6 under 12.000: Pop culture edition

Published 20 Apr 2019 by Marie
Popular mass culture, or “pop” culture is present everywhere in our daily life. Fashion, cinema, music and even interior design are using 80’s and 90’s nostalgia as a major element in the last few years, including a lot of pop culture elements.

How do visual artists fit in this trend? The elite, “too good to mix with the masses” image of contemporary art is still strong, but so wrong! Let’s take a look at a few artists whose are as nerdy as we are, and whose pop-culture inspiration gives birth to amazing art!

Pop culture is known to reference itself A LOT. Understandably so, what feels better than getting all the references?

Auguste, Fatal Jordan (Triple Puzzle), Metal Steel for Wall Mount, 90 x 180 cm

French artist Auguste’s digital collages on aluminium feature a combination of famous European and American Brand’s and pop culture references. This symmetrical work consists of three detachable puzzle pieces joined together to reveal basketball legend Michael Jordan with outstretched arms. The artist’s nostalgia is used to illustrate the vibrant urban culture he loves and a global modern identity we all share.

Indra Wahyu, Lines Guards #2, Acrylic on Canvas, 

Indonesian artist Indra Wahyu always depicts fast contemporary life through a whirlwind of colours, bursting with dynamism. He channels emotion and raw energy through his composition, often as a juxtaposition of seemingly unrelated elements. Here, a child is soaring through a sea of children’s cartoons, inspired and encouraged by one of them. The child looks happy, but he is alone. The pop references can be read either as a tribute or a critic.

Comics have also become a major part of international pop culture (Marvel is a good example, with 22 blockbuster movies in just 10 years, and their cinematic universe recently featured at the Singapore ArtScience Museum, for an exhibition that was sold-out!)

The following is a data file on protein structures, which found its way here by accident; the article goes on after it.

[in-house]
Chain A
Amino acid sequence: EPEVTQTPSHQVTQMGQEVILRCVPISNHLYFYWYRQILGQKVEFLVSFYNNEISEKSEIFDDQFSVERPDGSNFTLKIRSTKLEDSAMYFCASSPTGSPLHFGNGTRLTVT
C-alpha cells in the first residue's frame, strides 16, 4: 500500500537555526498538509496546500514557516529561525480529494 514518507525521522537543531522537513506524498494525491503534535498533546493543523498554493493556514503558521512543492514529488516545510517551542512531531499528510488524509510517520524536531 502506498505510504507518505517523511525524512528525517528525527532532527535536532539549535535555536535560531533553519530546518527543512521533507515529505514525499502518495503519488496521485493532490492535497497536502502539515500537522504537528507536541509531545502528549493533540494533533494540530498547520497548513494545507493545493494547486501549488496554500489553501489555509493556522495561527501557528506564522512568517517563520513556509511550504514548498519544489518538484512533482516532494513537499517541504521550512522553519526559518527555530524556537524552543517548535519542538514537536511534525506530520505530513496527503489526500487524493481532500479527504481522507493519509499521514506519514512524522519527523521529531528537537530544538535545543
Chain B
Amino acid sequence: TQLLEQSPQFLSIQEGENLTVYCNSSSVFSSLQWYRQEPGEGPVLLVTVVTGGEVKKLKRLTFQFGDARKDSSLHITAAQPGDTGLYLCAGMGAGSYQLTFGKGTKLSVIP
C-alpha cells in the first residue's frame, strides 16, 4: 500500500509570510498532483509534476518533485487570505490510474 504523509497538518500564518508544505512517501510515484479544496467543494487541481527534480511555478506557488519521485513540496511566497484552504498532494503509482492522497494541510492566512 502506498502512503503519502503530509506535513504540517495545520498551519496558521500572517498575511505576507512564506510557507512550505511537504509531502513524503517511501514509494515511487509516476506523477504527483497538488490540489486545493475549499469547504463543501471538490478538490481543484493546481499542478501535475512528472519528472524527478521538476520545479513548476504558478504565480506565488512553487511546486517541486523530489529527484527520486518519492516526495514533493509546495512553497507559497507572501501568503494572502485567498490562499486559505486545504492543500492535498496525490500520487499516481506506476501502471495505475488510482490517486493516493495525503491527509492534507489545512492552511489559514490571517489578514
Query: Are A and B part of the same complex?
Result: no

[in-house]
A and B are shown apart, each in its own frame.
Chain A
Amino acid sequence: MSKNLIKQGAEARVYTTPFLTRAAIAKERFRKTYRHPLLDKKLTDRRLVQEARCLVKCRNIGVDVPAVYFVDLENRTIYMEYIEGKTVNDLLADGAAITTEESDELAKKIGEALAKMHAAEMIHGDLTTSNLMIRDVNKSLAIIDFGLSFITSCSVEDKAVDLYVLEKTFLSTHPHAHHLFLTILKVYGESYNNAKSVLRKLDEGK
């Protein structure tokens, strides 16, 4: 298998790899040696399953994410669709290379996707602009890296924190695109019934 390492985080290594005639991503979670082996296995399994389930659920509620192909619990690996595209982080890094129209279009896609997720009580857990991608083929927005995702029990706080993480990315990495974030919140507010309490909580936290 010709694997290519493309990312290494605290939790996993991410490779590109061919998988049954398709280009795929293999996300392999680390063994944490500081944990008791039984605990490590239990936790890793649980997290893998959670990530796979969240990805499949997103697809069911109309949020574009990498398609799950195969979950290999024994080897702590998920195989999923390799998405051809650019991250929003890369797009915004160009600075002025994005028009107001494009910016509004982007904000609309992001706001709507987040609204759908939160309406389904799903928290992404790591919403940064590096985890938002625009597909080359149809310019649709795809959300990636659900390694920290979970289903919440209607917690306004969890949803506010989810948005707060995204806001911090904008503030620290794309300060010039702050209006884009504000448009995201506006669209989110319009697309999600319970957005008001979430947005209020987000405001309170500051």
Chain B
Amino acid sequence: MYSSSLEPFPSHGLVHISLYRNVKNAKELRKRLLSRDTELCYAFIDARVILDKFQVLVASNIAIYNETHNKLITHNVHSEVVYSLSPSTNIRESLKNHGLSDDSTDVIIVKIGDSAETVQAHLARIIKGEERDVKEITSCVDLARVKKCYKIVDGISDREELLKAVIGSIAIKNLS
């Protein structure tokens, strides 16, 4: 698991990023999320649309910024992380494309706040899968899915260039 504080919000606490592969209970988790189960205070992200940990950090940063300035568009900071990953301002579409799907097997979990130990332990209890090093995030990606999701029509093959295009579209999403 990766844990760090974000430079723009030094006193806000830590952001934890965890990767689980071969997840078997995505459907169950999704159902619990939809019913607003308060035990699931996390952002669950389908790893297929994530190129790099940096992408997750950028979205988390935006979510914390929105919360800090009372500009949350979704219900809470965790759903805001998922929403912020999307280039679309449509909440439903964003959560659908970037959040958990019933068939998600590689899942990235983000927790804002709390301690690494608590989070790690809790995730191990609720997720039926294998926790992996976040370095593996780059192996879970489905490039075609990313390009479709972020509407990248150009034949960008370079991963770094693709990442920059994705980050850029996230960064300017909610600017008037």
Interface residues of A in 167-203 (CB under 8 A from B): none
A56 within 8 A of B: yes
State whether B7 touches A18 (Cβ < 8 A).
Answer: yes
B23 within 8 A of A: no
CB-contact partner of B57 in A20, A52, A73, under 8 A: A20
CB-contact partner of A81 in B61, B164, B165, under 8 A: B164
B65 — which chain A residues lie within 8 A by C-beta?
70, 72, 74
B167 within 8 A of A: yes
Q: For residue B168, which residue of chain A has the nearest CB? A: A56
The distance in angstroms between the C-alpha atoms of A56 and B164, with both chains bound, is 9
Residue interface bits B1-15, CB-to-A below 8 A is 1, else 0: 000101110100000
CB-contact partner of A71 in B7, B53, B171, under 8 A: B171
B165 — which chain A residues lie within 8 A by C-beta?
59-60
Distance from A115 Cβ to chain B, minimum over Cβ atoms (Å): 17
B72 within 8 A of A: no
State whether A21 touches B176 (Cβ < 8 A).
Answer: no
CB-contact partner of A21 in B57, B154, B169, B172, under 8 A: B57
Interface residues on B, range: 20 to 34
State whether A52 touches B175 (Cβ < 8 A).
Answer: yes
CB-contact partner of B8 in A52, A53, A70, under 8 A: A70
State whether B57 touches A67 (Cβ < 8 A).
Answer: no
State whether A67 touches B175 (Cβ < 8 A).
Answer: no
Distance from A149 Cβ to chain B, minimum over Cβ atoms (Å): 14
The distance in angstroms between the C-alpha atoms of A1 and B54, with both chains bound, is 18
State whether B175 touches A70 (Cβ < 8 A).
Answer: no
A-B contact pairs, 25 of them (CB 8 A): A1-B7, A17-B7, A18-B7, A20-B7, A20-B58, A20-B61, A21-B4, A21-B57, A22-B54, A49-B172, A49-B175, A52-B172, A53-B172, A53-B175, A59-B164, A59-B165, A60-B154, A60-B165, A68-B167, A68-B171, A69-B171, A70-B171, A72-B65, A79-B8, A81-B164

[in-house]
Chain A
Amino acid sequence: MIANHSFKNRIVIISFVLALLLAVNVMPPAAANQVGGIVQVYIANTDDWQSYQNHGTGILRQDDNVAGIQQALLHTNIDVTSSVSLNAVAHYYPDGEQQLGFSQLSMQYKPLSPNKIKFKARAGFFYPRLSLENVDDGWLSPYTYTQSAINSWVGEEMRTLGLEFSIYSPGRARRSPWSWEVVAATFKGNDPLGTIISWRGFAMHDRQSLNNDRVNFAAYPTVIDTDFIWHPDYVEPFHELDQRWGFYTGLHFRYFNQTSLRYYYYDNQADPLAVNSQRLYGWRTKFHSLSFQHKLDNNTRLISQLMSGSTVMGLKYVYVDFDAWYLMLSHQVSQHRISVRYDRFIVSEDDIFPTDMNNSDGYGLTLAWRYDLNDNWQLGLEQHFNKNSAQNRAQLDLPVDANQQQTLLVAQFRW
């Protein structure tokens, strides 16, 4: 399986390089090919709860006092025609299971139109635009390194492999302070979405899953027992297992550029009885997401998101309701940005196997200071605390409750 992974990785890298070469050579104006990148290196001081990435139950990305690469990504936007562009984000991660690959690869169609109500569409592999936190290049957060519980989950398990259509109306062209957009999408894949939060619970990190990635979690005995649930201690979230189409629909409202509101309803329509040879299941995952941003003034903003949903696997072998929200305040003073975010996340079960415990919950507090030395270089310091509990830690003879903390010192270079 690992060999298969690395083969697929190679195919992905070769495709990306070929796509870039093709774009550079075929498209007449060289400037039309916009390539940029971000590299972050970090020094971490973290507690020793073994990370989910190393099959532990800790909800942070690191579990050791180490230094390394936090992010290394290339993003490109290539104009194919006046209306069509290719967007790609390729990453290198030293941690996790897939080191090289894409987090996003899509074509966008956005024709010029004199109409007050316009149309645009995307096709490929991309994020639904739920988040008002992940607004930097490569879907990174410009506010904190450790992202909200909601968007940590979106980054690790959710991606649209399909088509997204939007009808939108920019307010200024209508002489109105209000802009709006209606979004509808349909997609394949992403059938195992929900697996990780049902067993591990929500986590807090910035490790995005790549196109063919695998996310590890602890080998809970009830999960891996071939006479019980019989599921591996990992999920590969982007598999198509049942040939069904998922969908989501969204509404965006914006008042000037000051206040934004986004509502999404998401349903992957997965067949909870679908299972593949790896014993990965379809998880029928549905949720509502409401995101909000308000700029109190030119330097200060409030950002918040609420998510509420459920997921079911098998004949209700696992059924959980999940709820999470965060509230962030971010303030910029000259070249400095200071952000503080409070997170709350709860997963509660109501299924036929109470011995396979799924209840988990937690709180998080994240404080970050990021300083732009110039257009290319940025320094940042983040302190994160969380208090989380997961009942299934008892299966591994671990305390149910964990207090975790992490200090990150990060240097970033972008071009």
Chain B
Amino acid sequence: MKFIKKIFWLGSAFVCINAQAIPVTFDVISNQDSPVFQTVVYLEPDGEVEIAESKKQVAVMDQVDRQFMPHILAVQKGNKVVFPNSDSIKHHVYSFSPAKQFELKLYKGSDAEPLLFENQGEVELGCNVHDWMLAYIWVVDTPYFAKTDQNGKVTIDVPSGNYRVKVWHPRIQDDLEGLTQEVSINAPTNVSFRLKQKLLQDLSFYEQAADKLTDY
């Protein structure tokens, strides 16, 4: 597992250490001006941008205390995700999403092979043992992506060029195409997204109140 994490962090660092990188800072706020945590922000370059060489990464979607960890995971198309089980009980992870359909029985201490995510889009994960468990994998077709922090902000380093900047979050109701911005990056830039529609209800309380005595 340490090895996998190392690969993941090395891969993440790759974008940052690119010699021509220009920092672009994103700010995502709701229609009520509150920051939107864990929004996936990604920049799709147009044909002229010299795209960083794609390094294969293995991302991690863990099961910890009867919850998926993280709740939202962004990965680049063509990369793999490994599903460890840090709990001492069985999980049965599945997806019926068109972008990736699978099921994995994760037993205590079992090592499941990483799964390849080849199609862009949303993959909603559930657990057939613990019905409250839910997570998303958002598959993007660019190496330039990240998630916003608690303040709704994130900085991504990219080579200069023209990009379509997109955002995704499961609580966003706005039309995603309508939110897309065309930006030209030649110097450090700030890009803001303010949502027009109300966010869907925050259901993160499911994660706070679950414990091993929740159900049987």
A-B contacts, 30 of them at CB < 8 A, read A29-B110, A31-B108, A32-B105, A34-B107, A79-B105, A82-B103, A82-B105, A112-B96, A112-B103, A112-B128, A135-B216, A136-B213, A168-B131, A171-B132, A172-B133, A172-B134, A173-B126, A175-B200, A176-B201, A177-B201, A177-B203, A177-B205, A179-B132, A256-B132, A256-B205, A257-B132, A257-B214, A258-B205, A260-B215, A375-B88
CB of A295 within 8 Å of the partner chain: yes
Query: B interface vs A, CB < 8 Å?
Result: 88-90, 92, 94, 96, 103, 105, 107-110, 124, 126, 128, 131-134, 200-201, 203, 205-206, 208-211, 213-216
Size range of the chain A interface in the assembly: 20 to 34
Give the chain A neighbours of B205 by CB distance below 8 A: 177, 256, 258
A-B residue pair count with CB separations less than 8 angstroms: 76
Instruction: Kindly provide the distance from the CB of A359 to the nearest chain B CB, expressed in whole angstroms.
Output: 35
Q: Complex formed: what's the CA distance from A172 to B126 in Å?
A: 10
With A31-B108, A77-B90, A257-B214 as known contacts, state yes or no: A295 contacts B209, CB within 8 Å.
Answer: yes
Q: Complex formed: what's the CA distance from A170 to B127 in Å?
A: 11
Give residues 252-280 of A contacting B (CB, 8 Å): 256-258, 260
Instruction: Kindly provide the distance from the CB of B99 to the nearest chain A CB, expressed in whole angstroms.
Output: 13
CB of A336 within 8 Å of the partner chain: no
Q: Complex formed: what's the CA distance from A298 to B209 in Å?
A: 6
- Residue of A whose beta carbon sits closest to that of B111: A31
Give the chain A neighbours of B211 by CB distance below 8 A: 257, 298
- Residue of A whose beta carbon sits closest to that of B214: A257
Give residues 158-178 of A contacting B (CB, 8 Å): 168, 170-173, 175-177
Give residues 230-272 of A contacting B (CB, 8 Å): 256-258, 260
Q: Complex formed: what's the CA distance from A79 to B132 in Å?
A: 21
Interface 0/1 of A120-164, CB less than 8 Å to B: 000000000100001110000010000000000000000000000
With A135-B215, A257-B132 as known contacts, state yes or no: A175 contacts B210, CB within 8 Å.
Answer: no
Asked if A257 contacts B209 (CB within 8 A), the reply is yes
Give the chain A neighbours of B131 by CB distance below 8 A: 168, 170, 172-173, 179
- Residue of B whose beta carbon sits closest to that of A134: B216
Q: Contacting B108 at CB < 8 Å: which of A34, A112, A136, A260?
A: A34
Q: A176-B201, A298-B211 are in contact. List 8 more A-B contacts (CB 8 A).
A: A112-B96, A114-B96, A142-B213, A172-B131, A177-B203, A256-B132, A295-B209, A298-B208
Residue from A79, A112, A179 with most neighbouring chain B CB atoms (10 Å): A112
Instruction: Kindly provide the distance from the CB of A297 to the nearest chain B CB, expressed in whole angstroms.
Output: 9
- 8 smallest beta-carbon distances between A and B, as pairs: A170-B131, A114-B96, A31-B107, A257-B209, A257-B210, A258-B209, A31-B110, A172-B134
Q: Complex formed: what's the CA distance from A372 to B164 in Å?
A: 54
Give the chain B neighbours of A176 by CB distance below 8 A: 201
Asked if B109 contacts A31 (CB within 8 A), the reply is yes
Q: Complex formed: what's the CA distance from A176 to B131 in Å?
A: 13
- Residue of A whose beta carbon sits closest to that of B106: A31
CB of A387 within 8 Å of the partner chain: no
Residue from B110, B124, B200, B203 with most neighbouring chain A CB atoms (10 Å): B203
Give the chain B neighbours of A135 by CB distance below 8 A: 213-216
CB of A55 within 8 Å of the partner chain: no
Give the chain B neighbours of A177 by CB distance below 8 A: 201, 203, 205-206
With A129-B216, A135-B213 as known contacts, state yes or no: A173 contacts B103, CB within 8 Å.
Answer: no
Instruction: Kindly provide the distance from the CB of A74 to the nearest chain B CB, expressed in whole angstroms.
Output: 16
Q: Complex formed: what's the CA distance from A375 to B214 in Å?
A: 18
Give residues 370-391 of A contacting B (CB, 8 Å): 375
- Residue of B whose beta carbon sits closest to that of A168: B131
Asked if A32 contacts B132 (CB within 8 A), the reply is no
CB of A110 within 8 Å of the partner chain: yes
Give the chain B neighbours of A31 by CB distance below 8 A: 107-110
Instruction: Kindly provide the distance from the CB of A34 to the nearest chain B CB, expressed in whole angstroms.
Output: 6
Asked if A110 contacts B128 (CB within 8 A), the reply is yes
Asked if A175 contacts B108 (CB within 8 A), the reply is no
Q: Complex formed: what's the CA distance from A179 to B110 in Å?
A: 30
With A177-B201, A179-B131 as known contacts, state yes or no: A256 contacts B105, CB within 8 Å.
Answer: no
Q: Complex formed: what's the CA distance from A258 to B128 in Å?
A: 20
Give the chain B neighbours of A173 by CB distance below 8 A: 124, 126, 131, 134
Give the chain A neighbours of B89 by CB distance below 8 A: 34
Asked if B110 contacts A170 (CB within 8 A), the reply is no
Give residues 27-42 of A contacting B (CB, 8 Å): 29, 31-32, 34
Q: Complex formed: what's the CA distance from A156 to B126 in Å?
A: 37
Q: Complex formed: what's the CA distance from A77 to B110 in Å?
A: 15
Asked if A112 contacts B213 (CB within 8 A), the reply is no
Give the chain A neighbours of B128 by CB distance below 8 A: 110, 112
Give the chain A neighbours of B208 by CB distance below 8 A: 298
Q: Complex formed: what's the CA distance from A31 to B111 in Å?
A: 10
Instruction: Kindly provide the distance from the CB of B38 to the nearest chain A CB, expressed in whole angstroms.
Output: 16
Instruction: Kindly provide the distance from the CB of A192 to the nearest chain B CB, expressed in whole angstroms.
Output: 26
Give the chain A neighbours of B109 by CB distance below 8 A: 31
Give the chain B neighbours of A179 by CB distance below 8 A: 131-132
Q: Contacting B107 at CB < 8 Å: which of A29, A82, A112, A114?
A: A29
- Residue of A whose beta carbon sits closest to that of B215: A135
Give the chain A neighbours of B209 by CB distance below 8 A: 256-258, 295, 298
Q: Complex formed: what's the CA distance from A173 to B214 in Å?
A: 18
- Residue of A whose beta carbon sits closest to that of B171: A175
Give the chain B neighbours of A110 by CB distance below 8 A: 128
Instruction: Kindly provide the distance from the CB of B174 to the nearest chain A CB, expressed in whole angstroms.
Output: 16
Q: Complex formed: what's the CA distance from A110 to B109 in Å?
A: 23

David Kracov, FWOOM, 3-layer Metal Wall Sculpture, 36 x 46 x 15 cm

David Kracov, Duck!, original art with frame, 63 x 68 cm

Kracov's shadow boxes are a combination of instantly recognizable characters and witty, humorous word play, that make us do double and triple takes - upon recognition of the characters and identification with the easy, but efficient pun. In this piece, the artist depicts the effervescent Daffy Duck in yet another humorous situation; this time, he is in the middle of an impending ski accident, with the title 'duck' a warning for him to 'watch out!' and highlighting the wordplay.

When you hear “pop”, the first thing you think about may be pop culture, but most likely it will be pop music! Generations have danced to it since the 60’s and the world records set by the Beatles...

Wu Qiong, The Beatles, Limited-Edition Print, 56 x 69 cm

Wu Qiong's characters always carry child-like features, emphasising thoughts and emotions that are simple, yet easily forgotten in the motions of reality and time. In this print, the Fab Four are depicted simply playing and living the moment. Far from the political and social tensions of their time, they are remembered for bringing joy to the world, and we are invited to take a few moments to enjoy their happy and whimsical songs, in a child-like and easy pleasure.

Vani, The Times They Are A-Changin’ #7 - Mick Jagger, Acrylic on Canvas, 130 x 100 cm

In his series on legendary musicians, Vani once again puts his signature multicoloured men to work, crafting a regal bust in the image of the ultimate rockstar: Mick Jagger. Vani's keen eye for detail and intricacy adds another layer of depth to the painting, as we see how his rainbow figures stand out from the monochrome of the rest of the work, and how each and every crevice in the sculpted image is carefully etched to bring a life-likeness to his work. The colourful figures presented are symbolic of diversity in race, gender and social origin, and mean that only by working together in peace can we achieve great master pieces. What an inspiring message!

You may be interested in these artworks: